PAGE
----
----- The Voice of Ireland's Fishing Industry and Maritime Community - Published Monthly, Established 1989 -----

April 2017 Issue - Vol 29 No.11

April 2017 issue in all good stockists

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Marine Times Newspaper
Editor: Mark Mc Carthy
Assitant Editor: Tom MacSweeney

Features Editor / Advertising: Anne Murray

The Marine Times Newspaper is published by Marine Media Ltd.
Cranny Road, Inver, Co. Donegal
T: 074 9736899 / 9732635
E: marinetimes@eircom.net

Tom MacSweeney
Deputy Editor, Marine Times Newspaper

Does the Government and the Department of the Marine Respect Fishermen?

April 2017 Issue Vol 29 No. 11

At a time of instant communication, available through so many systems of modern technology, the single greatest difficulty, regularly identified in commerce, industry, the economy and in personal relationships is ensuring effective communication.

At a time when the fishing industry faces its greatest challenge since the disaster that EU Accession visited upon its future, our government administrators do not appear to have learned the lesson of history.

That lesson is that the Irish Government, Ministers, senior politicians and civil servants, gave away the wealth of the richest waters in Europe to the economic benefit of other nations by arrogant, ignorant and contemptuous dismissal of the economic importance of the fishing industry.

The importance of communication with the industry was dismissed. It didn’t exist. Irish government negotiators showed no respect for fishermen or the industry.

As far as the government was concerned, its only value was as a bargaining chip to get benefits for farmers.

There is no evidence that the present Government considers the existing fishing industry to be at great risk in the front line of the economic fallout of Brexit, so a similar disaster as happened in EU Accession, could be on the horizon.

The Green Party at its annual conference in Waterford last month called on the Government to re-negotiate the Common Fisheries Policy because of the problems it has created for Ireland. The Party also said the Government should protect Irish waters from rapacious ‘super trawler’ fleets by fully resourcing the Naval Service and the Air Corps.

Not a lot of hope can be held out for re-negotiating the CFP, but at least it was a public statement by a political party about the industry and communicated a message.

Unfortunately, I can count on one hand the number of politicians who have shown any genuine interest in fisheries and the coastal communities. They and their parties have not conveyed such a message in strong public terms.

In an island nation why is fishing in its widest sense, offshore and inshore wild fisheries as well as aquaculture, which together comprise the seafood industry, not at the forefront of national concern? Ministers, politicians, industrial leaders, devote a lot of attention to promoting foreign, direct investment. FDI is important, but foreign companies setting up in Ireland extract full return for the jobs they provide through returning profits to their international shareholders. These jobs can and have been taken away at the whim of international managements when they perceive the possibility of higher profits by moving to other jurisdictions.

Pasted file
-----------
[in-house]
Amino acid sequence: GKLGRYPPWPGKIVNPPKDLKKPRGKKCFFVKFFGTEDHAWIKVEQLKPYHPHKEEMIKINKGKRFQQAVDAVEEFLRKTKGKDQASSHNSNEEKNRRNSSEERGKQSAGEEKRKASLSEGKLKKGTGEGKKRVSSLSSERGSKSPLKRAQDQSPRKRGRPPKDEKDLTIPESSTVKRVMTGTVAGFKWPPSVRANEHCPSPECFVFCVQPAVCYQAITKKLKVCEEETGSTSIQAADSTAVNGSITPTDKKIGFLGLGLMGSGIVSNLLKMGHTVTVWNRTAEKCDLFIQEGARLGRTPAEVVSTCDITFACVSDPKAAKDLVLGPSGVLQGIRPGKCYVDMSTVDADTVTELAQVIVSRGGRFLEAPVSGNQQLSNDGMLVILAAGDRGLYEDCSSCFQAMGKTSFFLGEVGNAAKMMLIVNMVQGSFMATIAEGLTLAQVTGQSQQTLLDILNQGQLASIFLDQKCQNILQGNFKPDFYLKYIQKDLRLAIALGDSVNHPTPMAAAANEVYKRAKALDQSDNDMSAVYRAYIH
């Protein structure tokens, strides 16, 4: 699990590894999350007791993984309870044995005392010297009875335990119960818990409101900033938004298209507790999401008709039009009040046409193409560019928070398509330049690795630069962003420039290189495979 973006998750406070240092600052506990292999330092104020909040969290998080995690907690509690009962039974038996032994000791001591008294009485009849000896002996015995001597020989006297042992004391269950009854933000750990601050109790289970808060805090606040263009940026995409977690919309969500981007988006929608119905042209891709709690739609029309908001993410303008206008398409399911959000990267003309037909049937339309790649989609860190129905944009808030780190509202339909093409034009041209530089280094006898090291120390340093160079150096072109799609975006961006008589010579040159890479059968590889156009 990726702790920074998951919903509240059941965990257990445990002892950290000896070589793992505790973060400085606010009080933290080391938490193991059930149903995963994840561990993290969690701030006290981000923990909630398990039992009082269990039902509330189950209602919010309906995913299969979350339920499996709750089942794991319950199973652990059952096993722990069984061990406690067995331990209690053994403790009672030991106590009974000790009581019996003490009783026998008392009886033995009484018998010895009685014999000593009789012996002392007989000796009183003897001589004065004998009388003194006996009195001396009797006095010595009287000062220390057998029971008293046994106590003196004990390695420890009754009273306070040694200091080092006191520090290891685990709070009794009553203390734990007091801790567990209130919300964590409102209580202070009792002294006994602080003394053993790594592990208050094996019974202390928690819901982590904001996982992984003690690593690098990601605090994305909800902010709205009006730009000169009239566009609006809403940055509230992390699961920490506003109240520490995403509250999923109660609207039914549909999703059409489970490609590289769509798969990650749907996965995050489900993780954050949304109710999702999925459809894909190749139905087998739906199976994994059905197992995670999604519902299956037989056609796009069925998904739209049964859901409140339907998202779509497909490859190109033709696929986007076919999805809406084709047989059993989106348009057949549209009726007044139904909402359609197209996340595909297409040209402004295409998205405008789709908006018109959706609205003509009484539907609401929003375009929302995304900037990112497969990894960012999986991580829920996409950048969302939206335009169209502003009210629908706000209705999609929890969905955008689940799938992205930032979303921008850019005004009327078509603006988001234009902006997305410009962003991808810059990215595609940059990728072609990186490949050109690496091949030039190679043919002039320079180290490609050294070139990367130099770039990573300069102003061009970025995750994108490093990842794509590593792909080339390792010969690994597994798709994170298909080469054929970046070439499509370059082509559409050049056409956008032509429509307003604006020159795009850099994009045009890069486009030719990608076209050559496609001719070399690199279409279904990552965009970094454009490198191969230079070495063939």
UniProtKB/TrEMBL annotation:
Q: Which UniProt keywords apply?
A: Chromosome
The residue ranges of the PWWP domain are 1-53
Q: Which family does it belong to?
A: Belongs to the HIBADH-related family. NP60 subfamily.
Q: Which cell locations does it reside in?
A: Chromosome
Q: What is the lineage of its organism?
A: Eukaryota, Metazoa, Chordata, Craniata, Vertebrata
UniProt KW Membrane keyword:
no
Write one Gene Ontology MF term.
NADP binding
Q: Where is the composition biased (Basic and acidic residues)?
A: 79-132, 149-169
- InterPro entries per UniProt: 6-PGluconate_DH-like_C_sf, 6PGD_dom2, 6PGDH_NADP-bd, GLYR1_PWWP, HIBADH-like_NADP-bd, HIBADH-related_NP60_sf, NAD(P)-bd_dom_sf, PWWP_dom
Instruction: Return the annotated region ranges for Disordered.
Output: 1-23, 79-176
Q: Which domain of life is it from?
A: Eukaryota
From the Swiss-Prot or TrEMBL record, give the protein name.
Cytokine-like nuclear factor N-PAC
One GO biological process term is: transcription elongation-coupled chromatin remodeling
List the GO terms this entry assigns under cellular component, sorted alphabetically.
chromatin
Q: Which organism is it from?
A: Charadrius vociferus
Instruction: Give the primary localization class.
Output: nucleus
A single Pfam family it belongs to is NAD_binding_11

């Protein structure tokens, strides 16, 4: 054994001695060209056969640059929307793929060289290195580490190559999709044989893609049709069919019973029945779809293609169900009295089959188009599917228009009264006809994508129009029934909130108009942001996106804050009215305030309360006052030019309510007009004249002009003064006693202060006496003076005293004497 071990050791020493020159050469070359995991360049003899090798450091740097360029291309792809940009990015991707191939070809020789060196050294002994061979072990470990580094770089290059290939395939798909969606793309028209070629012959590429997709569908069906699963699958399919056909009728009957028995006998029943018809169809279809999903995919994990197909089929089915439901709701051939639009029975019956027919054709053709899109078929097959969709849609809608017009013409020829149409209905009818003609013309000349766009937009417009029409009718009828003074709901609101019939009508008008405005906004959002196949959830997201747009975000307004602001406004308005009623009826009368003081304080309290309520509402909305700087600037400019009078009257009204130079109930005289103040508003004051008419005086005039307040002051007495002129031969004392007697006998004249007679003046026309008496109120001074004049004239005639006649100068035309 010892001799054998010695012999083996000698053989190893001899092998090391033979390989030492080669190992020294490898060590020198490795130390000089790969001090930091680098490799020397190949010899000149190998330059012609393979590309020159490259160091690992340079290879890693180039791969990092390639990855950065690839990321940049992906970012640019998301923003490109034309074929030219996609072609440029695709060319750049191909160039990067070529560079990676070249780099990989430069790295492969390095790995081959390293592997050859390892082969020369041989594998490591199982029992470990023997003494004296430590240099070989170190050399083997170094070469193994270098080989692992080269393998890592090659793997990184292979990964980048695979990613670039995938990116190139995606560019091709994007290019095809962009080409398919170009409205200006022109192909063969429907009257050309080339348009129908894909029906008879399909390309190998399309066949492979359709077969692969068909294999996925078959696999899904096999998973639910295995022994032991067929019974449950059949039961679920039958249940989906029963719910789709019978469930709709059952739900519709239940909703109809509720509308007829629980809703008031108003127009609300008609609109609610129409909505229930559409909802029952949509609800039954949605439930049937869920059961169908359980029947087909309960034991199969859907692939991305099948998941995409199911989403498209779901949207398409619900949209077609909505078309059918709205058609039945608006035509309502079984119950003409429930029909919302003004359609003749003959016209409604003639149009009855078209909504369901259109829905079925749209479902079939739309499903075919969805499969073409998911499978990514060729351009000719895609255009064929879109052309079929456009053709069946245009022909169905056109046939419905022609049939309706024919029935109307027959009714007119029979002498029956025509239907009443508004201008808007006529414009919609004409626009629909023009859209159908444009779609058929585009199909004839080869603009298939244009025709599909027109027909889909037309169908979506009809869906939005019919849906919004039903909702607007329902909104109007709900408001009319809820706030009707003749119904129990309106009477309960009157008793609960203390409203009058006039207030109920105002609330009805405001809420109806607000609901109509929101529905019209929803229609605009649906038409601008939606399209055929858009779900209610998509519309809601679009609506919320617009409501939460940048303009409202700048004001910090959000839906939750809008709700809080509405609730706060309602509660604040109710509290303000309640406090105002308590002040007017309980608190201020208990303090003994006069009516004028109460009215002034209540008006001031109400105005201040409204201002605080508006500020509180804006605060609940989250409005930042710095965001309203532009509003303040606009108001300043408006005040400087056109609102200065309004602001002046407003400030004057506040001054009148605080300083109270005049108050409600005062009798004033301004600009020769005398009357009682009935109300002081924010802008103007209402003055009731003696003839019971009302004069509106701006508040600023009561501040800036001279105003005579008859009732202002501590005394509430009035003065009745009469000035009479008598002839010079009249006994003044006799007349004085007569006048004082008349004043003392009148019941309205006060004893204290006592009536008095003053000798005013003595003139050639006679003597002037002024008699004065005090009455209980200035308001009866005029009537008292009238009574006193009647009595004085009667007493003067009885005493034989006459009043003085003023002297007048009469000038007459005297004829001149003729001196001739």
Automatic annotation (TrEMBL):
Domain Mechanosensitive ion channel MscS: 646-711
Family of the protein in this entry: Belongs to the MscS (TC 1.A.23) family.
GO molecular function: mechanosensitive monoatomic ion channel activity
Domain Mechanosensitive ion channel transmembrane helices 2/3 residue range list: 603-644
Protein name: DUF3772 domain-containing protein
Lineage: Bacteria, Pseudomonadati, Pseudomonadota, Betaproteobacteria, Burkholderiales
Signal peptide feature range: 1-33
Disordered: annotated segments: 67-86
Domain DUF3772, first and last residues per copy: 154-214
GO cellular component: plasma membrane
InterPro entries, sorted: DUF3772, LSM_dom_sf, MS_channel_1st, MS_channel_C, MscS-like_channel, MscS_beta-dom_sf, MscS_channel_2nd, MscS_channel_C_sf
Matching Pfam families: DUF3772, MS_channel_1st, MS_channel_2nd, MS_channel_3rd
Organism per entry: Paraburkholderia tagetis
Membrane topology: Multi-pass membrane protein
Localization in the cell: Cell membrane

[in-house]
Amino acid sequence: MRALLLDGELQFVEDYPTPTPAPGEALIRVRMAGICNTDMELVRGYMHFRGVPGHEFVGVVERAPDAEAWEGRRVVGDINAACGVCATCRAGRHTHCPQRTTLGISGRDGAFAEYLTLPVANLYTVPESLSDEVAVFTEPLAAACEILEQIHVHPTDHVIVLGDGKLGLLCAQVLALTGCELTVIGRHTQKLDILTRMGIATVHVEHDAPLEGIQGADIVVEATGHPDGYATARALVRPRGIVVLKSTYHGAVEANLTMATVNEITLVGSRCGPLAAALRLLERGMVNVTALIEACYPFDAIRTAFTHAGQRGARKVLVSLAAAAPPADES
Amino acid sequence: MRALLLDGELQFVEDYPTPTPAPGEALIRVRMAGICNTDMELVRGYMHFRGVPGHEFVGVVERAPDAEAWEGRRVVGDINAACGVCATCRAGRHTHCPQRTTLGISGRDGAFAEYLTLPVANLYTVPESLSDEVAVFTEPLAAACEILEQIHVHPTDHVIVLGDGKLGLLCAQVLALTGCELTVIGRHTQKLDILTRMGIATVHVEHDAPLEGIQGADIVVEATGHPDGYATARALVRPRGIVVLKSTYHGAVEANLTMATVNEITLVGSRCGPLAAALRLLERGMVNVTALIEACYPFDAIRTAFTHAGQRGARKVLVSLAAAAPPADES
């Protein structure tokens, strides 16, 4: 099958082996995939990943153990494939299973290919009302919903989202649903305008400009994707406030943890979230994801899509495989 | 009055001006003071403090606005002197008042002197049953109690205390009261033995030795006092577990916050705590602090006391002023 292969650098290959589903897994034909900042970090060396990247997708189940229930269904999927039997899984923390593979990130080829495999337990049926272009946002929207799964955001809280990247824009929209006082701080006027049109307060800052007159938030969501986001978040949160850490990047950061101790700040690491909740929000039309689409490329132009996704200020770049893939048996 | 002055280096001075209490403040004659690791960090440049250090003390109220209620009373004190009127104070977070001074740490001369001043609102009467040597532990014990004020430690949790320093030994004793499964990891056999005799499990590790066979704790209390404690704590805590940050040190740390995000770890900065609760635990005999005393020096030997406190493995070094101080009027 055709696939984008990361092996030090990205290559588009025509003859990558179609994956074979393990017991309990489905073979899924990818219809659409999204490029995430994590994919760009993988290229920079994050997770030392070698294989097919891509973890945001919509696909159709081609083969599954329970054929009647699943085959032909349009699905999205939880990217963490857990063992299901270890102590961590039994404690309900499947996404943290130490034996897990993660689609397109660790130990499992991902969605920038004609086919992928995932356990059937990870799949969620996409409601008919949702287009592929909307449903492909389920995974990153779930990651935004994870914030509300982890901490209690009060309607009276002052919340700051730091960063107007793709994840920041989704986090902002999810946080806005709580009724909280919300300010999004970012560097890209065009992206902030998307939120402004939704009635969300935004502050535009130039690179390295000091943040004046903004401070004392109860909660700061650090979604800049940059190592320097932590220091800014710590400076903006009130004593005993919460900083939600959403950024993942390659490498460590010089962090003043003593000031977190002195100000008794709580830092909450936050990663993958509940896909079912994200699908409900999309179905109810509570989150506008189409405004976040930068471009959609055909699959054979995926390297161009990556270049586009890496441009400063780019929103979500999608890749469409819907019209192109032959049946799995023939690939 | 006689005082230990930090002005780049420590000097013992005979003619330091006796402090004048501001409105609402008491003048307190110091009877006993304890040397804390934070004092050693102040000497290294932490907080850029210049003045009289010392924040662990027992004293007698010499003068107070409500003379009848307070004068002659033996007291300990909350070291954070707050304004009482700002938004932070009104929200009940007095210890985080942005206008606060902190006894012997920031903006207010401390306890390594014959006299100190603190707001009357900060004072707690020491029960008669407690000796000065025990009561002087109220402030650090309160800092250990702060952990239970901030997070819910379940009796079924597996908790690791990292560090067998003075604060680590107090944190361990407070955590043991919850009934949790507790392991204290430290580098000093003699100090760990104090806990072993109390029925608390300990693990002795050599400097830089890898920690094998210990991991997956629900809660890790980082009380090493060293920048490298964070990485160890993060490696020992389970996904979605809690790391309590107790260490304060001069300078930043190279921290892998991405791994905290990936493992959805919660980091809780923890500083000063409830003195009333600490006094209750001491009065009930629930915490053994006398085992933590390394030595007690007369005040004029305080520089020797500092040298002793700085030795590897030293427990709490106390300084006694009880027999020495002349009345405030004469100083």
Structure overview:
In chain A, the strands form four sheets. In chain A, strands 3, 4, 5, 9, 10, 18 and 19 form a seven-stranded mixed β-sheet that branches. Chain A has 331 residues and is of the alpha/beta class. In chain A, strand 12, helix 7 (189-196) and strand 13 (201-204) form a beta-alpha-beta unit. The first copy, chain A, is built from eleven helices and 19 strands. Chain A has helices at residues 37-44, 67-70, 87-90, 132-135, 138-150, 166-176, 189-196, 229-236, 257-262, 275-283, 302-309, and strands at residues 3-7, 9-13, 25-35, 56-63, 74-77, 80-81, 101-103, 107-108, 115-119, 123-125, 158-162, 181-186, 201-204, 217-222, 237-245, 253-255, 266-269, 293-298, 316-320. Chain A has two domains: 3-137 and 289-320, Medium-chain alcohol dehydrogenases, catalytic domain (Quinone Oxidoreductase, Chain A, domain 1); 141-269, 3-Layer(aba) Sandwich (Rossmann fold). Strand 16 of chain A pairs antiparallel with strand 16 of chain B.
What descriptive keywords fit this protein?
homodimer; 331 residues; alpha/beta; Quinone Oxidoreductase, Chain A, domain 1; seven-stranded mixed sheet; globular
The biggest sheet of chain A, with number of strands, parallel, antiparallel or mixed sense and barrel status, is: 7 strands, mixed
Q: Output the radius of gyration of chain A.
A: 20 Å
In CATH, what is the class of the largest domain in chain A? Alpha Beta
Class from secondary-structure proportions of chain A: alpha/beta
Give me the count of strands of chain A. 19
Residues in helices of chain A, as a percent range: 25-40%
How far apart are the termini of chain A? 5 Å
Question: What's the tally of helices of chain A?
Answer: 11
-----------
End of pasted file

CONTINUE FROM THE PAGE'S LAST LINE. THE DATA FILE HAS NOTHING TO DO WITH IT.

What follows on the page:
Some governments have protected their fishing and maritime resources. Iceland and Denmark, for example, a big nation and a small one, by keeping these natural resources out of the hands of the EU which, in practice, has ‘colonised’ Irish waters for the benefit of larger EU Member States.

While, physically, Ireland is peripheral to the EU, in fishing terms it has been a goldmine from which EU quota regulations extracted massive economic profits for the larger EU fishing nations.
So we come back to the issue of communication.

The Department of the Marine organised an afternoon seminar in Dublin about Brexit, where Assistant Secretary General in the Department of the Marine, Cecil Beamish, told industry representatives that it was imperative that the Irish position was presented as a “united effort” to ensure a common voice. This because Brexit poses a serious set of particular threats to the industry.
While praised for co-operation with industry representatives during the December EU quota negotiations, the Department’s administration is more noted for slavish adherence to EU diktats and support of strict regulatory enforcement against Irish fishermen, compared with non-Irish, rather than effective communication on a level which would recognise Irish fishermen as equals with the Department in the successful operation of the industry.

There is another side – the industry needs more effective communication within itself and a united voice to face the challenges of Brexit. Despite efforts over the years and one short period of joint co-operation, unity has not been a notable asset. The current disagreement between Killybegs and Castletownbere over mackerel allocations does not bode well in this regard.

From producer, processing, exporting and catching sectors, I am told that a collective, united approach is necessary at all levels of the industry and with government to deal with Brexit. If Irish and EU Member State vessels are excluded from UK waters by Brexit arrangements, there will be increased pressure on European stocks and very much on Irish waters.

According to industry sources, Ireland shares 47 of 50 TAC quotas with the UK and the “Hague Preferences” could also become an issue.

How much effective communication is there on these fisheries issues and others which will arise during Brexit?

Do Department officials value, understand and respect fishermen?

As much as fishermen need a united voice, the Department needs to learn the lesson of history and communicate effectively with the industry. That means communication and mutual co-operation, not dictation and that is a rule of effective communication.